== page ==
Israel rejects Biden administration’s calls for ceasefire

Marine Corps Gen. Joseph F. Dunford Jr., chairman of the Joint Chiefs of Staff, meets with Lt. Gen. Gadi Eisenkot, Chief of General Staff, at Israel Defense Force Headquarters in Tel Aviv, Israel May 9, 2017. (Dept. of Defense photo by Navy Petty Officer 2nd Class Dominique A. Pineiro/Released)

Condemning the Hamas and Islamic Jihad terrorists who have been raining down rockets on Israeli civilians, Israeli officials have rejected a call by the Biden administration for a ceasefire.

Israeli Foreign Affairs ministry spokesman Lior Haiat told reporters Wednesday that Israel Defense Forces will continue to strike Hamas positions in Gaza to degrade the threat, the Washington Examiner reported.

“I don’t think it’s the time to talk about the calls for a ceasefire,” he said. “There’s nothing really to talk about.”

Hamas, designated by the U.S. as a terrorist organization, states in its charter that its reason for existence is to destroy Israel.

Meanwhile, Secretary of State Antony Blinken announced the State Department’s top official for Israel and Palestinian Affairs will head to the Middle East to attempt to broker an end to the violence.

But Israeli officials insist the terrorists’ ability to continue their attacks must be addressed now.

“These people of darkness, these Hamas and Islamic Jihad terrorists, have blood on their hands,” Israeli Prime Minister Benjamin Netanyahu said Wednesday.

He was visiting an Israeli hospital where children injured in the rocket attacks received treatment.

“An hour ago, we assassinated senior commanders in Hamas’s headquarters, including the commander of Gaza City and other commanders. This is just the beginning. We will hit them with strikes they have never dreamed of,” he said.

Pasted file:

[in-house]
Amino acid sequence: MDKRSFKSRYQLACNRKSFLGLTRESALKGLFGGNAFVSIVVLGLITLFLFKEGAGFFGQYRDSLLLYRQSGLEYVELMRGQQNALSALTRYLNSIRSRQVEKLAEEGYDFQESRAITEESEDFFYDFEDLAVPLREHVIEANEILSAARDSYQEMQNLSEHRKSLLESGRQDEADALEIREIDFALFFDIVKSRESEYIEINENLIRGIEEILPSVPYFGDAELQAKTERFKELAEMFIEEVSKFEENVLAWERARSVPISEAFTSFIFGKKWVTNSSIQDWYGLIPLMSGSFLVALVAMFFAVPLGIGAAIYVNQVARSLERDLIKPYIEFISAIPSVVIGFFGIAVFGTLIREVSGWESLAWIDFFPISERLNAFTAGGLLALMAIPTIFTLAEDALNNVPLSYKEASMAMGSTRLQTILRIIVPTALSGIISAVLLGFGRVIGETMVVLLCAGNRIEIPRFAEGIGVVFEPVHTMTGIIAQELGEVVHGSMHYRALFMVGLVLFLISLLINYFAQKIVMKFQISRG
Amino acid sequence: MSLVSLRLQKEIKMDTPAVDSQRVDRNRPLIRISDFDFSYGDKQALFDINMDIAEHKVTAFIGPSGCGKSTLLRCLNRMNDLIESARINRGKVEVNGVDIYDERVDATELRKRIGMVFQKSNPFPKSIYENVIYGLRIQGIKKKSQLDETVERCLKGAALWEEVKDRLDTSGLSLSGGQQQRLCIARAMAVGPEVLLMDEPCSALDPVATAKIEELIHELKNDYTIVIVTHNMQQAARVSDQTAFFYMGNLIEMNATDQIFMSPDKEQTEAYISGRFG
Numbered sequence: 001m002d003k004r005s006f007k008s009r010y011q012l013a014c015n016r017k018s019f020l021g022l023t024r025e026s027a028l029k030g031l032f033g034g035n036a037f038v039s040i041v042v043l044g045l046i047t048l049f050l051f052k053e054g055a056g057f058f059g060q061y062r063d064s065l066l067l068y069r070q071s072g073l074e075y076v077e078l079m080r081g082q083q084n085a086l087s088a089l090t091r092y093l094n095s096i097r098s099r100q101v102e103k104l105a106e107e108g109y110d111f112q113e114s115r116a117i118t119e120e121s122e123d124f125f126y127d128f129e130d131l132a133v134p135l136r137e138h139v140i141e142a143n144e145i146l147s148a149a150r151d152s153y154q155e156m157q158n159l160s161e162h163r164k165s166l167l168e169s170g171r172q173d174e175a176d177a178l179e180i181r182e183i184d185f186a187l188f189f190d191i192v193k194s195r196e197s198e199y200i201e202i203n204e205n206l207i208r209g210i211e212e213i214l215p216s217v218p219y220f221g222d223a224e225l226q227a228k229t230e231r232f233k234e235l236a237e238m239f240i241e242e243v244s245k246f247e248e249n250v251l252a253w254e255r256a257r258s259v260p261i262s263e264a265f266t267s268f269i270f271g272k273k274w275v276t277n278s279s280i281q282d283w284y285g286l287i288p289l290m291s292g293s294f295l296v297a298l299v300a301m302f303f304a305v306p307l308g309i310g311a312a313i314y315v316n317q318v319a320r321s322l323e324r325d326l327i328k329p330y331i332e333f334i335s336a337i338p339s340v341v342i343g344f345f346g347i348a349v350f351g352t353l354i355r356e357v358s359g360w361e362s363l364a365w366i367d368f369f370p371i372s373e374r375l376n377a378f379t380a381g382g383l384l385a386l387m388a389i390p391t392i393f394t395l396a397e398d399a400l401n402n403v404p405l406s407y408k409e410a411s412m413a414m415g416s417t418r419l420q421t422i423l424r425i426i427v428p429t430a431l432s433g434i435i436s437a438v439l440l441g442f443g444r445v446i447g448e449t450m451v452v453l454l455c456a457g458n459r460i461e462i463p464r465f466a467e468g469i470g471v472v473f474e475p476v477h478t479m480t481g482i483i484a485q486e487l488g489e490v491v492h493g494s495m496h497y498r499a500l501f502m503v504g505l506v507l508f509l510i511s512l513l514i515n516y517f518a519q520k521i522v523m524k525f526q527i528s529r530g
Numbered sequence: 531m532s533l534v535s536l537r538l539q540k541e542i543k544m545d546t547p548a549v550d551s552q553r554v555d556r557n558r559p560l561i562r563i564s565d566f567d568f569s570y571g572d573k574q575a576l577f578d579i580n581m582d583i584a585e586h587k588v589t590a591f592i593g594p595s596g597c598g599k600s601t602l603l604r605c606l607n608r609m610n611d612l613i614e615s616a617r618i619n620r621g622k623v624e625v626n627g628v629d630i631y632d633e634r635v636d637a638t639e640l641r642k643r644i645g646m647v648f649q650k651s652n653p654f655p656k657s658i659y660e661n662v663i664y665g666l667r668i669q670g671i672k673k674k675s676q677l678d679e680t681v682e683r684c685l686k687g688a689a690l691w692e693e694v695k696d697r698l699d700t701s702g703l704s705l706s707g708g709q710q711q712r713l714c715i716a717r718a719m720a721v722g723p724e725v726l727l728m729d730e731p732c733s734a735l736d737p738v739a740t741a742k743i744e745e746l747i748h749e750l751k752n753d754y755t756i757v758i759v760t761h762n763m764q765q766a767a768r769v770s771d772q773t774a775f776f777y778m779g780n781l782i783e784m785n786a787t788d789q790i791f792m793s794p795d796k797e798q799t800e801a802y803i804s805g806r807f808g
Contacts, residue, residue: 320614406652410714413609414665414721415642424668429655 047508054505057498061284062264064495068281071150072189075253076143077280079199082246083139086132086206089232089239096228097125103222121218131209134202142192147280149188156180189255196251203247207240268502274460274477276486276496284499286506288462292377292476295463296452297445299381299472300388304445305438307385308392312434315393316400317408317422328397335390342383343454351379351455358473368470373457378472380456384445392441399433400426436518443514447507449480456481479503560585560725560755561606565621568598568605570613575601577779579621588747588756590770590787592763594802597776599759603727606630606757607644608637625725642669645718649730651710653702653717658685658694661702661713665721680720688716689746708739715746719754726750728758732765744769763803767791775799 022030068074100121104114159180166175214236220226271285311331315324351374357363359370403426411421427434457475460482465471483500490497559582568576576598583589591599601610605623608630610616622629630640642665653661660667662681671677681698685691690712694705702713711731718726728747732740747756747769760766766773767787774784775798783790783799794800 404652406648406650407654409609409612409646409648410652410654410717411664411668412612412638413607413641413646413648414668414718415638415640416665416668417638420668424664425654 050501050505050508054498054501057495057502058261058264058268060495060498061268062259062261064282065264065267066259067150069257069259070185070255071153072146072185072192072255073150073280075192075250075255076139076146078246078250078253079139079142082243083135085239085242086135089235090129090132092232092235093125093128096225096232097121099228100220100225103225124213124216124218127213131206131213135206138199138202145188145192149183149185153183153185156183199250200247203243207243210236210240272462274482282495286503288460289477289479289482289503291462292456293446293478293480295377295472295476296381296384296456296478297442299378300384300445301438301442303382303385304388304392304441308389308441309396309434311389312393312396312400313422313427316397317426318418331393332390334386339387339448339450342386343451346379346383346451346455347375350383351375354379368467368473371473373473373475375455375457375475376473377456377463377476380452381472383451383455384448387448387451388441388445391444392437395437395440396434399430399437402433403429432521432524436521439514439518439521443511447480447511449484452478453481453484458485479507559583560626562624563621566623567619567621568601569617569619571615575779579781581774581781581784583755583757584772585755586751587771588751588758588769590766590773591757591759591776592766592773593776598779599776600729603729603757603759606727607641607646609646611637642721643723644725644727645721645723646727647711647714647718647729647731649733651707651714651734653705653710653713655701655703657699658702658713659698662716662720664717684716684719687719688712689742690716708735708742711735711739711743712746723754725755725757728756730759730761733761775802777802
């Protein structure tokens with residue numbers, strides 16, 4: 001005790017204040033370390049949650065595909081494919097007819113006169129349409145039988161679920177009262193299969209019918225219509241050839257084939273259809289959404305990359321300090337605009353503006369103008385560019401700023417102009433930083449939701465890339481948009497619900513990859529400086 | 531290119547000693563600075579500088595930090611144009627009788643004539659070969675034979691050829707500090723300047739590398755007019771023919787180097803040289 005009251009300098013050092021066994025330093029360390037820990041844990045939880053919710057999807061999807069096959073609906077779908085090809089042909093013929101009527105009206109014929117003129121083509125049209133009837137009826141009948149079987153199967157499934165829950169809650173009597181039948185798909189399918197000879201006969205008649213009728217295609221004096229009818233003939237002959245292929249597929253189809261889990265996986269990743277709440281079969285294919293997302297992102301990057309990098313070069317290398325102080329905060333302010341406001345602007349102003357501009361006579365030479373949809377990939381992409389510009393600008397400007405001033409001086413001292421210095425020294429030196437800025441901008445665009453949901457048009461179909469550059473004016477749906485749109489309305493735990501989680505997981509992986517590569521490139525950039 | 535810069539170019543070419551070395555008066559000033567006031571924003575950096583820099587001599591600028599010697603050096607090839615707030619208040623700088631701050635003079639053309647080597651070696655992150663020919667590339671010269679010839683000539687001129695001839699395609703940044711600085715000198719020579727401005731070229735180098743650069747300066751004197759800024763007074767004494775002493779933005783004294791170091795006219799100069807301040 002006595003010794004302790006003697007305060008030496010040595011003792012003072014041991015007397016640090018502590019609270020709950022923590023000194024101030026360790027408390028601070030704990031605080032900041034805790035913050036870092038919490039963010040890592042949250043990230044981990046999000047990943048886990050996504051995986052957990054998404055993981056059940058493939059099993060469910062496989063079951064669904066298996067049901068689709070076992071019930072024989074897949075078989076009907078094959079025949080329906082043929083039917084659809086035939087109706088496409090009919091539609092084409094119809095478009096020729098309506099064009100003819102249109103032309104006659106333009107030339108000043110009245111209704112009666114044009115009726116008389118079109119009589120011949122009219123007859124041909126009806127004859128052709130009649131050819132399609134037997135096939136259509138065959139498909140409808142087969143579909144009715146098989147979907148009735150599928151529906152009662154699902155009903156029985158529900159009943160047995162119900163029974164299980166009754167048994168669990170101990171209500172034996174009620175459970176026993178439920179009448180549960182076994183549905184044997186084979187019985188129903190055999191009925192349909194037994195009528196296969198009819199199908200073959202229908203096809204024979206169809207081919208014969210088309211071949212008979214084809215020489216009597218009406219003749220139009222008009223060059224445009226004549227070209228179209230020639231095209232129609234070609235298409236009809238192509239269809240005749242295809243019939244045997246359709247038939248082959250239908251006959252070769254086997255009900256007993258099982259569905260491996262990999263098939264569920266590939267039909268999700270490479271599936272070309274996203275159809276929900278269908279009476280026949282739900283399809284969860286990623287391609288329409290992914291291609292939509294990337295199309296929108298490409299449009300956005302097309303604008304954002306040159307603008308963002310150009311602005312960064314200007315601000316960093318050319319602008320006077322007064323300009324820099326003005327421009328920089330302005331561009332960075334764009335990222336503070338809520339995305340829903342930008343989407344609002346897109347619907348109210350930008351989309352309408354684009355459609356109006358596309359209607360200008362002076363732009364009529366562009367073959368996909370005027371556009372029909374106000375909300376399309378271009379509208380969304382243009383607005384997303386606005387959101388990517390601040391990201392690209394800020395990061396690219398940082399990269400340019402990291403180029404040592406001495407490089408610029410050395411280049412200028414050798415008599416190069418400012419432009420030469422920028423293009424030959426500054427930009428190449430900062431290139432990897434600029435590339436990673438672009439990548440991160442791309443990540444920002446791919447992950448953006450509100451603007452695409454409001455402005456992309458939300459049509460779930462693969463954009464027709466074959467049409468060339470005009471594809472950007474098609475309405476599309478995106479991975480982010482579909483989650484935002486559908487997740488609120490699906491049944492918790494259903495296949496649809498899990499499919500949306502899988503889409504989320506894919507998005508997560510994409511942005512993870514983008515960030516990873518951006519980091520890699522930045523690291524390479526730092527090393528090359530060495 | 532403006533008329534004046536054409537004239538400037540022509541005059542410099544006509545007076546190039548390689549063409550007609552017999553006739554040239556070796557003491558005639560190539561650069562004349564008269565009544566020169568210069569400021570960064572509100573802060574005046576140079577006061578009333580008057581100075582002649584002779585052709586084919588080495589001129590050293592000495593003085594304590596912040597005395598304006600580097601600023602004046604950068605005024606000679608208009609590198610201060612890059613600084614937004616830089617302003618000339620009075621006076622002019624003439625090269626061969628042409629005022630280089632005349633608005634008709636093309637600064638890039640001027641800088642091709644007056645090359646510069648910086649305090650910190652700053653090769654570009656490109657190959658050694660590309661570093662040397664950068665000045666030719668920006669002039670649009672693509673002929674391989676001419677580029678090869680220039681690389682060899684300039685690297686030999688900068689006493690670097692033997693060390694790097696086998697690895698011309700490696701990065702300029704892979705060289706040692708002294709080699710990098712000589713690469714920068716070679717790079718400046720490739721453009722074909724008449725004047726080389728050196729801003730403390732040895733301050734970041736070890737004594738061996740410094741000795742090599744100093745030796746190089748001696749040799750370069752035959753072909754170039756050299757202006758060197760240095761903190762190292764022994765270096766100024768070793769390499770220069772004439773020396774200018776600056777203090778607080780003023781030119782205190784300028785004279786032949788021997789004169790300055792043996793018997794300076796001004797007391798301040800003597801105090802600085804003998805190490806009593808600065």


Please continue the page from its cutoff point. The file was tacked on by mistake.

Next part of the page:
The Examiner noted the Biden administration doesn’t want to hear that kind of talk.

The IDF said early Thursday morning, Israel time, that over the previous three days, Hamas has fired more than 1,500 rockets from Gaza into Israel, “terrorizing civilians as far as 90 miles away.”

“Hamas, expect a response,” the IDF said in a tweet.

Israel’s ‘extra burden’

The U.S. has been walking a fine line of condemning Hamas while lobbying Netanyahu to stop “retaliatory strikes” that might escalate the conflict.

Blinken acknowledged Wednesday the “very clear and absolute distinction between a terrorist organization, Hamas that is indiscriminately raining down rockets, in fact, targeting civilians” and Israeli operations.

But he hedged his statement, saying that “whenever we see civilian casualties, and particularly when we see children caught in the crossfire losing their lives, that has a powerful impact.”

“And I think Israel has an extra burden in trying to do everything it possibly can to avoid civilian casualties, even as it is rightfully responding in defense of its people,” he said.

Israel, in fact, issues warnings before any strike, and the IDF points out that Hamas uses “human shields” by deliberately positioning military targets in civilian centers.

Palestinian civilians also are casualties of failed Hamas rocket attacks.

“There is an abnormal amount of rockets falling short, and they are landing in populated areas in Gaza,” Israeli Defense Forces spokesman Lt. Col. Jonathan Conricus told reporters Wednesday. “What Hamas is trying to do is to pin the blame on Israel for those civilian casualties that they themselves, and the Islamic Jihad, are causing.”

Conricus cast doubt on the claims of Palestinian health officials that 56 people have been killed, including 14 children.

“Hamas is a terrorist organization that is known to lie, manipulate, and falsify,” he said. “So the fact that they say a certain amount of people have been killed, doesn’t, I don’t feel committed by that, and I question anything that Hamas does or says.”

At least seven people have been killed in Israel, according to authorities.

Blinken said the senior State Department official dispatched to Israel “will urge on my behalf and on behalf of President Biden a de-escalation of violence.”

“We’ve been engaged with all parties, including the Palestinians, and that will continue,” he said. “But the most important thing now is for all sides to cease the violence, to de-escalate, and to try to move to calm.”

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